A TRAGIC Scots couple claim their newborn son died after inexperienced staff failed to order an emergency caesarean section.
Tracy and Michael Bray tried for years to have a baby and were delighted to discover in October last year their third and final round of IVF treatment had been successful.
But the couple from East Wemyss, Fife, lost their son to asphyxiation just hours after he was born.
Tracy, 36, and Michael, 35, say Matthew was eight weeks premature, in the breech position and amniotic fluid was leaking.
The couple expected an emergency section to be carried out at the Victoria Hospital, Kirkcaldy, but Tracy went through a long and exhausting forceps delivery on February 26.
Matthew was delivered naturally but became stuck and was left without oxygen for ten minutes before forceps were used to get him out.
The youngster was resuscitated and rushed to intensive care but started to deteriorate and died in his father’s arms the very same day.
Tracy and Michael have lodged a formal complaint with NHS Fife who have launched an investigation.
Tracy said: “We were absolutely delighted when we underwent a third course of treatment and discovered we were pregnant.
“My pregnancy went really smoothly – I didn’t even have any morning sickness.”
On Valentine’s Day this year, a 3D scan confirmed that their baby was a boy and everything was going well.
The following month, when Tracy was 32 weeks pregnant, she woke up in the middle of the night with excruciating cramps in her stomach before heading to the hospital.
The couple were placed on the consultant ward but there was none available and by the time they arrived, Tracy had already entered into active labour.
The youngster became trapped in the birth canal and went without oxygen for more than ten minutes until emergency procedures were used.
He only survived for 16 hours, with the cause of death through a post mortem shown as acute asphyxiation.
“We were devastated and couldn’t believe it, what that hospital have done to us is absolutely horrendous.” said Tracy.
Now the couple have begun taking action through the patient complaints system.
“We are not looking for money as that won’t give us our baby back,” said Michael. “But if we can stop one other family going through the hell that we have then it will all be worth it.
“They robbed me and my family of my baby boy. He was our first child and now we have to live everyday and carry on without him.
“I do have five embryos left in storage but that’s not to say that I will ever get pregnant again.
“I just want someone to stand up and admit that they messed up and say sorry. Even the health secretary for Scotland fobbed me off saying I needed to speak to my community families officer.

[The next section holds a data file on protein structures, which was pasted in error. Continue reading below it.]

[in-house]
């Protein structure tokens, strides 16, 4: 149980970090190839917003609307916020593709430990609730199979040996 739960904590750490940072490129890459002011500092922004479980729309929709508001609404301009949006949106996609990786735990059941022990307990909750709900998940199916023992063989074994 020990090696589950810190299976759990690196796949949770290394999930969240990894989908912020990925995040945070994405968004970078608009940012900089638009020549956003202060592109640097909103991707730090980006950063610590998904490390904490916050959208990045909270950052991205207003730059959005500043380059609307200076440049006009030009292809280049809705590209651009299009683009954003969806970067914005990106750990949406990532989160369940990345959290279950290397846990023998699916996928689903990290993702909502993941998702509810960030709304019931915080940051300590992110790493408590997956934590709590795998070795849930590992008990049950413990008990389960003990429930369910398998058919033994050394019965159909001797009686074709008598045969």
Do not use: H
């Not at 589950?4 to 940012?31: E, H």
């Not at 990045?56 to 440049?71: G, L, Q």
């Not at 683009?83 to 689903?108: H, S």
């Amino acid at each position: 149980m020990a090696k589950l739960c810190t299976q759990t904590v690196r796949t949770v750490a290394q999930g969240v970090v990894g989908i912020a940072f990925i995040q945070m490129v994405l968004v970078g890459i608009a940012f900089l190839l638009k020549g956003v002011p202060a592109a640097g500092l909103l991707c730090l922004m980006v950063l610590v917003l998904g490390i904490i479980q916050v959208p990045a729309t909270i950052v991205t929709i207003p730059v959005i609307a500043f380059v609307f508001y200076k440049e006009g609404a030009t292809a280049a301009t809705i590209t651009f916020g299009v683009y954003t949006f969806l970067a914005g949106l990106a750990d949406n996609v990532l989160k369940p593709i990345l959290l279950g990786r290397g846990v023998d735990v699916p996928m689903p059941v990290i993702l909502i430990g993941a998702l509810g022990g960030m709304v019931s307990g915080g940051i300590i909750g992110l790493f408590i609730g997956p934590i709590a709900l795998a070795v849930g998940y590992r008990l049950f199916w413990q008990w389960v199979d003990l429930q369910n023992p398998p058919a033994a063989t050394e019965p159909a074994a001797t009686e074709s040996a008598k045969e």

“They need to change the procedure they have for mothers with breeched babies.
“There needs to be a consultant on the ward 24/7, not just when they’re called.
“We were supposed to be in the right place at the right time so to have to go through what we went through is just downright appalling.”
Tracy said that despite a meeting to discuss the post mortem results her questions on why she was not given an emergency Caesarean have not been answered.
Dr Jean Turner from Scotland Patients Association said: “The girl and her partner need to know what happened, what went wrong so that they can deal with their grief.
“It’s just disgraceful and they deserve answers.
“By the sounds of this pregnancy there was already cause for concern. With the baby being breech and having little amniotic fluid there should have been a procedure in place to deal with this.
“They knew about these causes for concern and clearly did not act on them. The person in charge should have made the decision.
“Things could have been done better and I’m glad the situation is being investigated.”
Dr Gordon Birnie, NHS Fife Medical Director for Acute Services said: “We are unable to comment on the detail of individual cases.
“I can confirm that the patient has been in contact with us and her concerns are being addressed.”
Elective caesarean section rates in Scotland have risen from 8.6% in 1976 to 25.4% in 2010.
The NHS choices website advises that sections are normally carried out when a normal birth could put the unborn baby at risk.
Several reasons are listed for giving an emergency c-section, including going into premature labour and your baby being in the breech position.